It would be impossible for any Leafs official to comment on the Luongo affair, by virtue of the fact that the player is under contract to another team. So, there’s no way that this one gets answered.
Dave Nonis was the guy that replaced Burke in Vancouver, and one of his first orders of business was to get Luongo in a Canucks jersey.
Could it be that Vancouver GM Mike Gillis and Burke simply couldn’t get a deal done, and the only way for the two sides to come to terms was with Nonis at the helm? I don’t know if I like the optics of that one, but it holds some water. It has been suggested that Gillis would not entertain any offer that did not include Jake Gardiner. It has been further suggested that Burke refused to surrender the assets demanded by Gillis, and the board had finally run out of patience, demanding a deal be done in time for training camp. Others have speculated that it was the ownership group that did not want to part with young assets, and preferred to stay the ‘draft high’ course. Perhaps Burke’s “two hands on the steering wheel” approach simply didn’t fly with the current ownership conglomerate.
If there is any key difference between Burke’s and Nonis’ managerial styles, it would be, according to Nonis, patience. Burke has precious little, and Nonis prefers the “slow-and-steady-wins-the-race” approach. Well, there’s that, and the fact that Nonis is nowhere near as brash or outspoken. Still, there was nothing particularly pressing about today that made a Burke firing necessary this morning.
Despite all the bluster and posturing, Burke has succeeded in installing a legitimate hockey brain trust capable of effective sports management affairs. He also plugged in a number of very good pieces whose collective impact may not be realized until long after the dust settles with respect to the Burke era. That was the case with Vancouver. Ryan Kesler, a Burke pick, ultimately proved to be a very, very good acquisition, and many would argue that Kesler has exceeded projected expectations. Years from now, as Nonis openly opined, Burke’s contribution will speak for itself.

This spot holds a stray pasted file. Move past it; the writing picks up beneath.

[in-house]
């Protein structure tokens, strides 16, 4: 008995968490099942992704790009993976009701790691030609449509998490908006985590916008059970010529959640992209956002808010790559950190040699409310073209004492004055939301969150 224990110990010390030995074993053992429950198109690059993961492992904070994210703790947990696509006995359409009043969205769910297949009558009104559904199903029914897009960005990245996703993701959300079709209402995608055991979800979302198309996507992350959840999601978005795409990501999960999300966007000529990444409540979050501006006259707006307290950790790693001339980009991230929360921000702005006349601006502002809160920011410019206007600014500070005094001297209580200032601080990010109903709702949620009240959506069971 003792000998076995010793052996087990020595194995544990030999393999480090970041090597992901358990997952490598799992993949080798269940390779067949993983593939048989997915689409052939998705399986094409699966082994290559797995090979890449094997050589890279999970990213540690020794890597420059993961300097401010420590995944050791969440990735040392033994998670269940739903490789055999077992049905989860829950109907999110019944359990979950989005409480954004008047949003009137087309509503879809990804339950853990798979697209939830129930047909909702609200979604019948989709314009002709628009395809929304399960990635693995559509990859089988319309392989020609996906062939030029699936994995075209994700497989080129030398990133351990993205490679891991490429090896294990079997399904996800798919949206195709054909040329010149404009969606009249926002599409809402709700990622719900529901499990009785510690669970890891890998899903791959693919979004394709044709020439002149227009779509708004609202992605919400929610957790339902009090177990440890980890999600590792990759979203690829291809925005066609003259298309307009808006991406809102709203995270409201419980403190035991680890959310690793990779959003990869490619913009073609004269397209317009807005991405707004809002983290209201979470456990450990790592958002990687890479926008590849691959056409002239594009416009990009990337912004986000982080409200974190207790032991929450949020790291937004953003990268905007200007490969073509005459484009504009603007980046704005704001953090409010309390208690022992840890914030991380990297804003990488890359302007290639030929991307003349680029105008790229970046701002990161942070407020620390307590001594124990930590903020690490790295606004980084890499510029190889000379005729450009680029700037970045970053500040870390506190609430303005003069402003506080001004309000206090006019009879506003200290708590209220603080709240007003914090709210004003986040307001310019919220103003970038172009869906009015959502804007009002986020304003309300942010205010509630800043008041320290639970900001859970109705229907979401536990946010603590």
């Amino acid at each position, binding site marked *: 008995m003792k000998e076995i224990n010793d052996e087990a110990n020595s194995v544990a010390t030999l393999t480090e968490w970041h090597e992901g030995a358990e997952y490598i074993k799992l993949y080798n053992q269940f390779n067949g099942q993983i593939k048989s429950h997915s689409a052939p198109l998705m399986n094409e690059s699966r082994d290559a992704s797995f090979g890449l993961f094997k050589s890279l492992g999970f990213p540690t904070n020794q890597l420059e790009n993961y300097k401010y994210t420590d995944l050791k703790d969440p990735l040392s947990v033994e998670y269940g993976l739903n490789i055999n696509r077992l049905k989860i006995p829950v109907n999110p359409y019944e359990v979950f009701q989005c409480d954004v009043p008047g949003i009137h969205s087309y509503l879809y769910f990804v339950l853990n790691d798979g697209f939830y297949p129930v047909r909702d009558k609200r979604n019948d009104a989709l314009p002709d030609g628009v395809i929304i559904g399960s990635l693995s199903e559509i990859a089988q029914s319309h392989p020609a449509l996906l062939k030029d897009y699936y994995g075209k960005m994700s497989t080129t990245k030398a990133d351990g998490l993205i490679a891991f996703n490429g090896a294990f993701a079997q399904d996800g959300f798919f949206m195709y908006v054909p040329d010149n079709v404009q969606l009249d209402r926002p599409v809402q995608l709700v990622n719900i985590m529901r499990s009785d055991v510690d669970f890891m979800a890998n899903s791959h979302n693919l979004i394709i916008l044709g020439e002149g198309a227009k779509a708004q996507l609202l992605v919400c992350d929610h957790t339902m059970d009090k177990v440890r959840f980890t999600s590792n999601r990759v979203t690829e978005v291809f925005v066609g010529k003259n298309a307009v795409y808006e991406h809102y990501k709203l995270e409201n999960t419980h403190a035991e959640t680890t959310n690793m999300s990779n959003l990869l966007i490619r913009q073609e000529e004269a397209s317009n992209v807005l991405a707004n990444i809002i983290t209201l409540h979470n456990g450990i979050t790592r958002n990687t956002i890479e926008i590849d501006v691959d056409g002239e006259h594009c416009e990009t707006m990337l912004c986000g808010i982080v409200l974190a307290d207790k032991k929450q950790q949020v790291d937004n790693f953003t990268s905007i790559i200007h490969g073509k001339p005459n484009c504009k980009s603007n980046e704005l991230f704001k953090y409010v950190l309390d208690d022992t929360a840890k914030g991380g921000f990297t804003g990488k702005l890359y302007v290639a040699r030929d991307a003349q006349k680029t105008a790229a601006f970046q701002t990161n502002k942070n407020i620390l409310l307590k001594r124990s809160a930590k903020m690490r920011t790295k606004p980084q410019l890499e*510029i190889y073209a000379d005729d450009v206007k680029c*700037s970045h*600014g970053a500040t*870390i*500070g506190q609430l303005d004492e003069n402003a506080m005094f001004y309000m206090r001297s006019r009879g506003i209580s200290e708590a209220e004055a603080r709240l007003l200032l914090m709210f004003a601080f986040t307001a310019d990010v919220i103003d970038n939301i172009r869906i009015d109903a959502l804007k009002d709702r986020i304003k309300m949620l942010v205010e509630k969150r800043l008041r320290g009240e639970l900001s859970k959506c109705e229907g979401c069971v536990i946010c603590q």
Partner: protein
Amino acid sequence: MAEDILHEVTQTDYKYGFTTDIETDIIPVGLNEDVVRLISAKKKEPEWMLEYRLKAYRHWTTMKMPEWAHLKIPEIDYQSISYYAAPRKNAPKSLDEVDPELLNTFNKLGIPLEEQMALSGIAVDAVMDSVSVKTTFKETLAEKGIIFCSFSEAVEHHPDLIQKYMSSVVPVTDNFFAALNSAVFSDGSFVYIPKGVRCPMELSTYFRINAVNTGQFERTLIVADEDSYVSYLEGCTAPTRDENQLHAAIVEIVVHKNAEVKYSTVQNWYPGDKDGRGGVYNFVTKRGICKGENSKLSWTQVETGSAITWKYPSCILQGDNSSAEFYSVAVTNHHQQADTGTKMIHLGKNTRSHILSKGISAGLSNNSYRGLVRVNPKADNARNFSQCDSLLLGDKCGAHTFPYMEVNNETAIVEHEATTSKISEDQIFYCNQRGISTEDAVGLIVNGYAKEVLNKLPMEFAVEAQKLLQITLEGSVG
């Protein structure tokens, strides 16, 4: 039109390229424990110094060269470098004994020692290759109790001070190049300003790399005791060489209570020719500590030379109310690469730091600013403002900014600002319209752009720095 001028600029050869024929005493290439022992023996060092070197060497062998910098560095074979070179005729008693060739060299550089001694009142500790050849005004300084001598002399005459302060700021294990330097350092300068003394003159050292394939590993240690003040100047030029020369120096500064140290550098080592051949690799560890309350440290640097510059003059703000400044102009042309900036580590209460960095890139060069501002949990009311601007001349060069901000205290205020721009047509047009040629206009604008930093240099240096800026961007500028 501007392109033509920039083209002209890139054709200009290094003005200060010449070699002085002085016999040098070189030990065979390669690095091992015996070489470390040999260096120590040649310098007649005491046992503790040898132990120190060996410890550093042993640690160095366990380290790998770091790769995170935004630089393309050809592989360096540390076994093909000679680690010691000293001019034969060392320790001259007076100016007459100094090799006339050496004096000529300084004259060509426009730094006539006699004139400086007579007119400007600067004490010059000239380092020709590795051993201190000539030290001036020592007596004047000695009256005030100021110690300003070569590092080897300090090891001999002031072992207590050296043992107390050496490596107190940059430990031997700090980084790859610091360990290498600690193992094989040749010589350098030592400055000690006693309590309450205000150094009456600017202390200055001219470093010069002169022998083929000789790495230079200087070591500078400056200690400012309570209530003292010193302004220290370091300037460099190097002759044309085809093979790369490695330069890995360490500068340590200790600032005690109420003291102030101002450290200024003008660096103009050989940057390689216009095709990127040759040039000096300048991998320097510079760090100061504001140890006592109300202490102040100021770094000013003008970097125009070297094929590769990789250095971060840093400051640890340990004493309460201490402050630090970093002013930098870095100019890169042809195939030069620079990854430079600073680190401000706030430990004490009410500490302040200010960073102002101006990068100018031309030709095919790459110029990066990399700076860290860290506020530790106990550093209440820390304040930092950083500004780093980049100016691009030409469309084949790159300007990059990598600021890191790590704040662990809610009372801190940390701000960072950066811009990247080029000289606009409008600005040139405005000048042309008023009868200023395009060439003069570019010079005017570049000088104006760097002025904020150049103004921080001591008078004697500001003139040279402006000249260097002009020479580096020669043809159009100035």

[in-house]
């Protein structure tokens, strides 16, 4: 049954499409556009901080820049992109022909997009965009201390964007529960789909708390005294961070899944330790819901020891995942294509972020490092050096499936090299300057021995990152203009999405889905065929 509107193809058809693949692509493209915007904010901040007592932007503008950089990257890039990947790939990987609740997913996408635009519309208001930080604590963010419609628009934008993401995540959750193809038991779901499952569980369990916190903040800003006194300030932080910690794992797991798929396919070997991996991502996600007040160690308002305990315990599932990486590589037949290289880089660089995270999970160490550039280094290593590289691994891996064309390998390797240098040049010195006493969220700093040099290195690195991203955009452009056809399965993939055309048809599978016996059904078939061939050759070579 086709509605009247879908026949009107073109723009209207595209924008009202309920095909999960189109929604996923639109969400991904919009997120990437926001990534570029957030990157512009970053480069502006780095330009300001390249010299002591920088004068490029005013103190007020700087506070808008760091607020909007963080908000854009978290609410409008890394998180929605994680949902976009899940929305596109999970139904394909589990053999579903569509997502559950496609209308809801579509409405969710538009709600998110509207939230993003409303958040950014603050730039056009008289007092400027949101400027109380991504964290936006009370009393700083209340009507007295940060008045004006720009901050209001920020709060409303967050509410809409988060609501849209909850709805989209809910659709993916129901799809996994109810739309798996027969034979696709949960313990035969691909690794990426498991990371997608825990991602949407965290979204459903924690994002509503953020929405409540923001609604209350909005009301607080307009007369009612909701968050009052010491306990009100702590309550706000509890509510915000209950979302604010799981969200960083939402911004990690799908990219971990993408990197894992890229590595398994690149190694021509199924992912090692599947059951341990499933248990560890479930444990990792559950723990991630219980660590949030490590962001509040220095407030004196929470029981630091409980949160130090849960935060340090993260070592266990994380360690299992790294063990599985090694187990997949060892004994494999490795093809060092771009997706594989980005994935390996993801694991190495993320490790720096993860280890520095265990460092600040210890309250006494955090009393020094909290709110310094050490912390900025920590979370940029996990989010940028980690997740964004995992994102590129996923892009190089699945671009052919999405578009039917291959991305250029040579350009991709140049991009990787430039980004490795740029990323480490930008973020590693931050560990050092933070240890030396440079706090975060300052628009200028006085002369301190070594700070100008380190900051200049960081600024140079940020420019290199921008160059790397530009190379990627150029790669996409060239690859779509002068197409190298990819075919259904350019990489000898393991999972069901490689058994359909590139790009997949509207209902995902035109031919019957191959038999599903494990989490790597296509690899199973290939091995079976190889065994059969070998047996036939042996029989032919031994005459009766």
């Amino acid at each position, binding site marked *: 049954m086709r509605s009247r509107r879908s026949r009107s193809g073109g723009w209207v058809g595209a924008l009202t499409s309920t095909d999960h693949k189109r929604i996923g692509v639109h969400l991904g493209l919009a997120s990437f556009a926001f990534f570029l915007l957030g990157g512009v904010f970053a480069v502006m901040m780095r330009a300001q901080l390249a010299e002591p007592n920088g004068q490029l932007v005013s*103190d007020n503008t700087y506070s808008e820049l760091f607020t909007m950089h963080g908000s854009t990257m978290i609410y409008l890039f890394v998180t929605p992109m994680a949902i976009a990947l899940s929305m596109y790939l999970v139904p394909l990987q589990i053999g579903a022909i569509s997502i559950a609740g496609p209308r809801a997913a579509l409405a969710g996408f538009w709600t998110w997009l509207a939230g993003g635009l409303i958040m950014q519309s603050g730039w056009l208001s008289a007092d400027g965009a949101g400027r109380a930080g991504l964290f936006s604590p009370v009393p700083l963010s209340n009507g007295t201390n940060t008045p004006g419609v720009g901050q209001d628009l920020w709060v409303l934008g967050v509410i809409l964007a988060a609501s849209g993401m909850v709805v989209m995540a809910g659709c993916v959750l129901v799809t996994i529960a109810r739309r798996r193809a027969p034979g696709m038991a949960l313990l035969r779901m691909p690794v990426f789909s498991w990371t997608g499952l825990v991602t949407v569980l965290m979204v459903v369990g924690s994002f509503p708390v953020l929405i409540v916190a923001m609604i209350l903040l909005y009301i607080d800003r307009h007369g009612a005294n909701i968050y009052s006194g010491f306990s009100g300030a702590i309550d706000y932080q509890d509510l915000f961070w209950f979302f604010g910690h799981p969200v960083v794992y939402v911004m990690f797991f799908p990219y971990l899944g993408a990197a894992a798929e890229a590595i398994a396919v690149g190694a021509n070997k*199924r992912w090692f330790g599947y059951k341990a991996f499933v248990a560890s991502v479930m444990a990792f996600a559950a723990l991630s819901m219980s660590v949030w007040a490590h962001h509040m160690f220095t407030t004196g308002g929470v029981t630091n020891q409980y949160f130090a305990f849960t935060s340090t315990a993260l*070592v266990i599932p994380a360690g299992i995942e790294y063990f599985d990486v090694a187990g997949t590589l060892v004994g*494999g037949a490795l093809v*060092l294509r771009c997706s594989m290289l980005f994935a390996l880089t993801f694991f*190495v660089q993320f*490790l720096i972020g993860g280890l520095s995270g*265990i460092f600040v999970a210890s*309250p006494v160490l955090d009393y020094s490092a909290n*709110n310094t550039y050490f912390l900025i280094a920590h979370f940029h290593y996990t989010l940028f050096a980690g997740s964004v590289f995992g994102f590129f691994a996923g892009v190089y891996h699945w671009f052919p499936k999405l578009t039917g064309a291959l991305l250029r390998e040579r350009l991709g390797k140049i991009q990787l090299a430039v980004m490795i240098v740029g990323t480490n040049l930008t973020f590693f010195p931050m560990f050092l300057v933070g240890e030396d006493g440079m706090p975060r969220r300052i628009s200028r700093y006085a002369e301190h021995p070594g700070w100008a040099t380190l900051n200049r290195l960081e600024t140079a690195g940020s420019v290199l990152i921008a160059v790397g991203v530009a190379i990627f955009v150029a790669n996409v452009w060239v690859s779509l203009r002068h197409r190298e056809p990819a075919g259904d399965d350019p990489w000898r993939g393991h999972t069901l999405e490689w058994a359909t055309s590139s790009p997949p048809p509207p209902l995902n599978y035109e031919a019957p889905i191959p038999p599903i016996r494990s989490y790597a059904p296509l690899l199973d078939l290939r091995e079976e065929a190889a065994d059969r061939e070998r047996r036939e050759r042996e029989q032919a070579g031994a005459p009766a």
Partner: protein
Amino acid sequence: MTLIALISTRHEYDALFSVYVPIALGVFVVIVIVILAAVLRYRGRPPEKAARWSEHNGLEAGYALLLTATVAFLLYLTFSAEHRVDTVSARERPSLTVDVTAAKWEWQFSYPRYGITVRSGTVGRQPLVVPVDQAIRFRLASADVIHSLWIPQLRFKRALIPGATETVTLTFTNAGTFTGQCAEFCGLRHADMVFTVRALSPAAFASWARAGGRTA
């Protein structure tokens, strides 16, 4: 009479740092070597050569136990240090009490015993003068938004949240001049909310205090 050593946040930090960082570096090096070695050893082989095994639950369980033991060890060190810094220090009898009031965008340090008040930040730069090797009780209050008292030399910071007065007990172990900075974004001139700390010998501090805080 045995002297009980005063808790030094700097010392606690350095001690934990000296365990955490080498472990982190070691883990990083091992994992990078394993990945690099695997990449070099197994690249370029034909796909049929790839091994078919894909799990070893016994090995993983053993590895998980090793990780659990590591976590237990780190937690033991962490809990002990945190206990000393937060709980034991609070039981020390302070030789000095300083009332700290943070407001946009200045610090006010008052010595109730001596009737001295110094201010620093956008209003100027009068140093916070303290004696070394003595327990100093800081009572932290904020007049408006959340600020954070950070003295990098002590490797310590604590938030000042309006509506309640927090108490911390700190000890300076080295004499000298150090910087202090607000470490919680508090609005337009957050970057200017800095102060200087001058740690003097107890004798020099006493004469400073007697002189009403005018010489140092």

And so it goes; an era once filled with hope and renewed faith, which transitioned into doubt, frustration, and then anger, has ended in shock and dismay as much as it has in relief and joy, for the man’s detractors.
Burke was just one of three Toronto General Managers to fail to qualify for playoff hockey. He was certainly among the most opinionated, and outspoken.
Still, none of this speaks to the intriguing timing of the decision. Did it really take the board until approximately 9 AM of January 9th to gather the stones to pull the trigger?
Nonis will have to hit the ground running and, in his words, make quick decisions on player personnel and the overall makeup of the group, however, wholesale changes are not anticipated. In short, don’t hold your breath waiting for Nonis to blow up a team he had a hand in engineering over the last 4 years.
It won’t surprise to see Burke return to NHL head office in some capacity or another. Matter of fact, if Fuhrer Bettman is given similar treatment, it would come as less of a shock than today’s news if Brian Burke succeeds the current commissioner before the soon to be ratified new C.B.A. expires.
When you’re done shaking your own head in disbelief, hit me back with your thoughts on today’s announcement.
Owen Durkin @ODurkin